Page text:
Almost 40% of employees say they feel less productive since the start of the Covid-19 pandemic. To help lift wellbeing and productivity, 57% of employers now offer mental or emotional support for employees.
These changing workplace behaviors were unveiled by research by Clutch, specialists in B2B research, ratings, and reviews.
In its ‘How Employee Health is Affected by Covid-19 Work Environment Changes’ report, Clutch surveyed 301 US workers. It found that during the pandemic, businesses are likelier to provide access to emotional health support such as virtual therapy.
Business More Likely to Provide Emotional Support
Since the pandemic was announced in March 2020, the US workforce has gone increasingly remote. More than half of business owners say they will continue to work remotely after lockdown restrictions are lifted.
However, remote working is not without its challenges, and the changing working environment can have a negative affect employees’ mental and emotional health.
Within the challenging business environment, it’s more important than ever for businesses to remain productive. To help companies overcome issues related to mental and emotional health and productivity, help is being offered to employees.
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Investing Time in Remote Workers
David Morneau, co-founder of inBeat, a micro-influencer marketing agency, confirms the importance of investing time into the wellbeing of remote employees. Commenting in Clutch’s report, Morneau said:
“I invest time in one-on-one conversations with each of my team members at least three times a week. I listen, empathize, and offer solutions. Motivated employees are always more productive.”
Flexible Scheduling and Advice on Remote Work
Out of the 57% of employees receiving additional mental and emotional support from their employer during the pandemic, 28% are receiving flexible scheduling. The report found that advice on remote work was another common support feature of the current climate, with 23% receiving support with remote work.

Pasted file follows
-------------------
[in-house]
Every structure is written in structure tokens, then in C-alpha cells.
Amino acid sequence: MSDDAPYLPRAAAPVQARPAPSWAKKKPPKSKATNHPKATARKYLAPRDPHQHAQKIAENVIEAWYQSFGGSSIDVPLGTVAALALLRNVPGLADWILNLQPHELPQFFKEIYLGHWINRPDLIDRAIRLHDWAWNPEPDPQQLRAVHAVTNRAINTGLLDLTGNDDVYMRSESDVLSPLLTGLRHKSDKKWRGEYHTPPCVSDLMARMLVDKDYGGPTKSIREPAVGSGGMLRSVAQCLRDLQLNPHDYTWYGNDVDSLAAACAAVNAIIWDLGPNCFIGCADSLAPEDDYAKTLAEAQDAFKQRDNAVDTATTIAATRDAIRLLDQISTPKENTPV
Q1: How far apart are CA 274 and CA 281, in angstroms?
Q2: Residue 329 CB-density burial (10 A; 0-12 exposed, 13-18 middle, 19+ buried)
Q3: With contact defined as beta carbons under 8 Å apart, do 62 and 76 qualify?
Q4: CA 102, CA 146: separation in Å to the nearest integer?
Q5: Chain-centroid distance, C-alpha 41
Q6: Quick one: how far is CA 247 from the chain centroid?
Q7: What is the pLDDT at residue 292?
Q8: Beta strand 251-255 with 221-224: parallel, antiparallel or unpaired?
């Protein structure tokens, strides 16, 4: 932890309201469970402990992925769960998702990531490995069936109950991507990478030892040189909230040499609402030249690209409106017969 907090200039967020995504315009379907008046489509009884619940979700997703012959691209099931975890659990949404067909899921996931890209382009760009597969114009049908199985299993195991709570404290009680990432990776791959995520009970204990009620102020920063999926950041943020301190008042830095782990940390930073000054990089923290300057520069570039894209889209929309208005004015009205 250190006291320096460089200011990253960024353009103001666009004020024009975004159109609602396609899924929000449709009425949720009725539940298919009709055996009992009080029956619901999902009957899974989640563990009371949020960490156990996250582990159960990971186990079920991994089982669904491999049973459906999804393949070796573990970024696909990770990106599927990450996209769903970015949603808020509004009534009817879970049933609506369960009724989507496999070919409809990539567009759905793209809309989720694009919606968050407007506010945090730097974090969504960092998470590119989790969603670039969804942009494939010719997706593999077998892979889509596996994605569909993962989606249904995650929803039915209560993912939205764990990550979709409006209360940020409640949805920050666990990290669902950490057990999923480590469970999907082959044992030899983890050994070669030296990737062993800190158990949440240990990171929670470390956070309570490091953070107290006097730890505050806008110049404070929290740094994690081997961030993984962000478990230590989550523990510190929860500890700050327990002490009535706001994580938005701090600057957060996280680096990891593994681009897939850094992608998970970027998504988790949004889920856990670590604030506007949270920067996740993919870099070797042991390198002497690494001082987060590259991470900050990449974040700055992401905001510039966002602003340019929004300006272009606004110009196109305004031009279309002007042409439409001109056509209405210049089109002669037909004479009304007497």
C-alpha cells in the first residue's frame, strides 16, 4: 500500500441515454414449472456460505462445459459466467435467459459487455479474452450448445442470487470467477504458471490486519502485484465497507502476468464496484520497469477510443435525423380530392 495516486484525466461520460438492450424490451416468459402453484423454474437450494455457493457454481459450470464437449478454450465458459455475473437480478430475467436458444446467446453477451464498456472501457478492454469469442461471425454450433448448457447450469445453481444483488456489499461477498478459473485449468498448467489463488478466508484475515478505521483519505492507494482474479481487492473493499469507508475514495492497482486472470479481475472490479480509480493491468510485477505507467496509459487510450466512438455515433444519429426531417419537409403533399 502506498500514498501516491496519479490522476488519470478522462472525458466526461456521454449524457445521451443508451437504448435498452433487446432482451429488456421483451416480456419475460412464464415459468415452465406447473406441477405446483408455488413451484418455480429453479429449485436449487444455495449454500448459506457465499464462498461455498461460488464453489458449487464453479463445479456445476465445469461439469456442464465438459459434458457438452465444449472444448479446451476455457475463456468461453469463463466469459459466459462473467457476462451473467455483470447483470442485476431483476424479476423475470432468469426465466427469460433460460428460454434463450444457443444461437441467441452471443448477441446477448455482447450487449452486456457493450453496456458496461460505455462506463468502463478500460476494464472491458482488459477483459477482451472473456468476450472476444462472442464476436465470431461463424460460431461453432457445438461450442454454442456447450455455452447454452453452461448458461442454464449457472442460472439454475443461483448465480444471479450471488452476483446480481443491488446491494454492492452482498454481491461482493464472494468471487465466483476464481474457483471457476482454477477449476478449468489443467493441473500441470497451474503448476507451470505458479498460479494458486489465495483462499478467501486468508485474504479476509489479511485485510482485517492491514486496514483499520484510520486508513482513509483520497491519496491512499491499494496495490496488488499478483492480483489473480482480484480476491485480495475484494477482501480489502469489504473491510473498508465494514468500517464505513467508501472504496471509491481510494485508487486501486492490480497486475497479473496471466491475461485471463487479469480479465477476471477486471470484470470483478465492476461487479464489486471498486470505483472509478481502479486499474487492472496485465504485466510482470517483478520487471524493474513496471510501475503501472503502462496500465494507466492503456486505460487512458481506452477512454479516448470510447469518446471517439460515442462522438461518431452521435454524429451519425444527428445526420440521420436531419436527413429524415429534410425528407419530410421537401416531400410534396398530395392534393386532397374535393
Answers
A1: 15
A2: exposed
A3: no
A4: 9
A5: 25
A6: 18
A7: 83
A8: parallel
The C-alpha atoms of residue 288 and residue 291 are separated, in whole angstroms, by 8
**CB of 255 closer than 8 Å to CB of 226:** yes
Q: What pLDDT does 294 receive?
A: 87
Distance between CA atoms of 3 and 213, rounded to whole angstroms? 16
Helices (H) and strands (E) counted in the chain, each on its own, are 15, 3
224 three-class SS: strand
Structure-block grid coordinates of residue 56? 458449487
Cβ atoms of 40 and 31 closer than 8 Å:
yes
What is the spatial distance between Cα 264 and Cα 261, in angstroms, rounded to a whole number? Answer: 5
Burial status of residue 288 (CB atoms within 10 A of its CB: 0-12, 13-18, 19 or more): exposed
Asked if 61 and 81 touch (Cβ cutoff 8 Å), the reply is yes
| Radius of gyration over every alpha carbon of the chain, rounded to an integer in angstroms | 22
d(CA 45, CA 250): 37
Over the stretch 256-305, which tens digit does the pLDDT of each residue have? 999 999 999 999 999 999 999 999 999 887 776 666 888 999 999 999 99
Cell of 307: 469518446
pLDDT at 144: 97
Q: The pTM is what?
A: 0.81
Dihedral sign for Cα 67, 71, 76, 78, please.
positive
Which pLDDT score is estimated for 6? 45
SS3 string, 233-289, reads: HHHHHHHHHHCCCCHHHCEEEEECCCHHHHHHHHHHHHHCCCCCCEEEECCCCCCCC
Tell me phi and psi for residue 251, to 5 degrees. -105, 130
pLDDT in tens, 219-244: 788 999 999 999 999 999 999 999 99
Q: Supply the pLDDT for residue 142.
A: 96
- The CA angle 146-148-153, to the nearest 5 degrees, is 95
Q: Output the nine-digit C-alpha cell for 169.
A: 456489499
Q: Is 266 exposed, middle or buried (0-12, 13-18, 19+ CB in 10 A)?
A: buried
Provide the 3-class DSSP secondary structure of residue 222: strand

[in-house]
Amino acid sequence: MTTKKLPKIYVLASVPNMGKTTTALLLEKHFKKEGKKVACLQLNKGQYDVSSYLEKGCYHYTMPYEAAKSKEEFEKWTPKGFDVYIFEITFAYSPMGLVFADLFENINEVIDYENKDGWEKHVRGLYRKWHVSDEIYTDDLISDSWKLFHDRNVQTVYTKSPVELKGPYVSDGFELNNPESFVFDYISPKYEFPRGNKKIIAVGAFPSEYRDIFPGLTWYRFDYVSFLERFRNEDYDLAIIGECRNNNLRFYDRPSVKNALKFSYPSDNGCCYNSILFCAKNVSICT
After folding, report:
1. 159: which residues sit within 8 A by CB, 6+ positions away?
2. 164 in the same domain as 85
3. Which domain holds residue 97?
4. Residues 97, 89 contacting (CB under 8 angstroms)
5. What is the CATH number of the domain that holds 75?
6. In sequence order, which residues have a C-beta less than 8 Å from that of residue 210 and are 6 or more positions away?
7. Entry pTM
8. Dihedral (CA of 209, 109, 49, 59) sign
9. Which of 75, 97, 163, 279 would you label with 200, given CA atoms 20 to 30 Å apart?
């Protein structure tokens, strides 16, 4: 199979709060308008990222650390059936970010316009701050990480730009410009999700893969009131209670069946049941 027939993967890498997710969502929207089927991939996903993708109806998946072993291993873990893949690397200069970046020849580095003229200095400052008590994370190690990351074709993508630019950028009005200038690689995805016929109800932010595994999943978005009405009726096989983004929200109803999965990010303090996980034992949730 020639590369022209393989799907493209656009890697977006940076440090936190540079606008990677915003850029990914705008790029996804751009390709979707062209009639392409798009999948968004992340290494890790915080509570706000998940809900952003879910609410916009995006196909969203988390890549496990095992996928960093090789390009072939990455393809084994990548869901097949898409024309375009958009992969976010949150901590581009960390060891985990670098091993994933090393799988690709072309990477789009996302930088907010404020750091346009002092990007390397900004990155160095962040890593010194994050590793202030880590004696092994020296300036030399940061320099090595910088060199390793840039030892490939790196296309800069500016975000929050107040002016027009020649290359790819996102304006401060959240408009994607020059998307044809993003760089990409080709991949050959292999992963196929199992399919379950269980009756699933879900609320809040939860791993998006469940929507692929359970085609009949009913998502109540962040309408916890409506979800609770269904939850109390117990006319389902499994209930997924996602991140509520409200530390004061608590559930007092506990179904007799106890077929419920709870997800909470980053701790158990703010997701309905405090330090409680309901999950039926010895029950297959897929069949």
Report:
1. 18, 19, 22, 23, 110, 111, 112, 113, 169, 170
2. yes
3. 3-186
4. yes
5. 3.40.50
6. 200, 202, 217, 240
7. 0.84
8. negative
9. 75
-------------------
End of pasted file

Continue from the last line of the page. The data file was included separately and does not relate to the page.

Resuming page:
Staff Taking Steps to Improve Their Mental Health
Clutch’s research also found that employees are taking steps to improve their mental health during these difficult and unchartered times. 24% of recipients said they are contacting friends and family more frequently. The same figure said they take regular breaks throughout the workday.
More than half (51%) say their current working situation has not affected their feelings about continuing to work for their employer.
With around 4 in 10 of employees saying they feel less productive during the Covid-19 pandemic, it is more important than ever businesses take steps to boost employee morale, motivation, and productivity.
Reminding Remote Employees of their Productivity
The report highlights concern that employees feel less productive because they are not receiving sufficient support and feedback.
Making efforts to remind employees of their productivity can be an affective way of helping remote workers achieve greater efficiency and output. One such step could be scheduling regular meetings designed to help team members recap on tasks and achievements. Another could be maintaining ‘small talk’ and typical office conversation via remote messaging and other remote communication. Complimenting employees for their work can also go a long way in boosting productivity.
Prioritizing 1:1 meetings with remote staff is another measure highlighted in Clutch’s report that can have an impact on nurturing productivity.
Flexible Schedules and Increased Time Off
According to Clutch’s research, businesses are offering employees more flexible schedules and increased time off to help keep workers mentally strong.
28% of those surveyed said they can work a flexible schedule. 23% said they receive advice about remote work, and 21% have access to professional counselling or therapy.
14% of the interviewees said they have had increased time off or sick leave during the pandemic.
Holding virtual events can be an effective way to help remote workers maintain strong mental health and increase productivity.
Clutch’s survey found that 11% of workers have been involved in virtual social or community events in recent weeks.
The take-away messages of the report are that with some effort including implementing some simple strategies, businesses can help employees navigate the unique challenges of remote working. By maintaining strong mental health and keeping morale and motivation levels high, remote teams can be in a much better position to work productively.
More in: Coronavirus Biz Advice, Small Business Statistics